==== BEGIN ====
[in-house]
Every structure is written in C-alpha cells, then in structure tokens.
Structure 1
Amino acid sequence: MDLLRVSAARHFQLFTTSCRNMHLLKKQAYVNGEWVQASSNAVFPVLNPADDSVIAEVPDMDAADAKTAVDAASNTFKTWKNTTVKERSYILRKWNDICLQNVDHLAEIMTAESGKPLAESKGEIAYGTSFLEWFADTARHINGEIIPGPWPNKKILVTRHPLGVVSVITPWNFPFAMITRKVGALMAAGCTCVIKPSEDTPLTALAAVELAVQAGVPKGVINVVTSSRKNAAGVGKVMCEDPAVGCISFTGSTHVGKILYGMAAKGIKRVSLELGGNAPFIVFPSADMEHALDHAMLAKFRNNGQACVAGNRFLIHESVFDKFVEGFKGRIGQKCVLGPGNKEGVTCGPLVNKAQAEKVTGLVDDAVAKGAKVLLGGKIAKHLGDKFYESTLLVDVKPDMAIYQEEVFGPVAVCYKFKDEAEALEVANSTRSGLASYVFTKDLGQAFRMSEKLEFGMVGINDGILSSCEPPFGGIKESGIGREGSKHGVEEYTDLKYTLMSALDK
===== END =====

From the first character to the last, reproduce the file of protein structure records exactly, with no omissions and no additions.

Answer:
[in-house]
Every structure is written in C-alpha cells, then in structure tokens.
Structure 1
Amino acid sequence: MDLLRVSAARHFQLFTTSCRNMHLLKKQAYVNGEWVQASSNAVFPVLNPADDSVIAEVPDMDAADAKTAVDAASNTFKTWKNTTVKERSYILRKWNDICLQNVDHLAEIMTAESGKPLAESKGEIAYGTSFLEWFADTARHINGEIIPGPWPNKKILVTRHPLGVVSVITPWNFPFAMITRKVGALMAAGCTCVIKPSEDTPLTALAAVELAVQAGVPKGVINVVTSSRKNAAGVGKVMCEDPAVGCISFTGSTHVGKILYGMAAKGIKRVSLELGGNAPFIVFPSADMEHALDHAMLAKFRNNGQACVAGNRFLIHESVFDKFVEGFKGRIGQKCVLGPGNKEGVTCGPLVNKAQAEKVTGLVDDAVAKGAKVLLGGKIAKHLGDKFYESTLLVDVKPDMAIYQEEVFGPVAVCYKFKDEAEALEVANSTRSGLASYVFTKDLGQAFRMSEKLEFGMVGINDGILSSCEPPFGGIKESGIGREGSKHGVEEYTDLKYTLMSALDK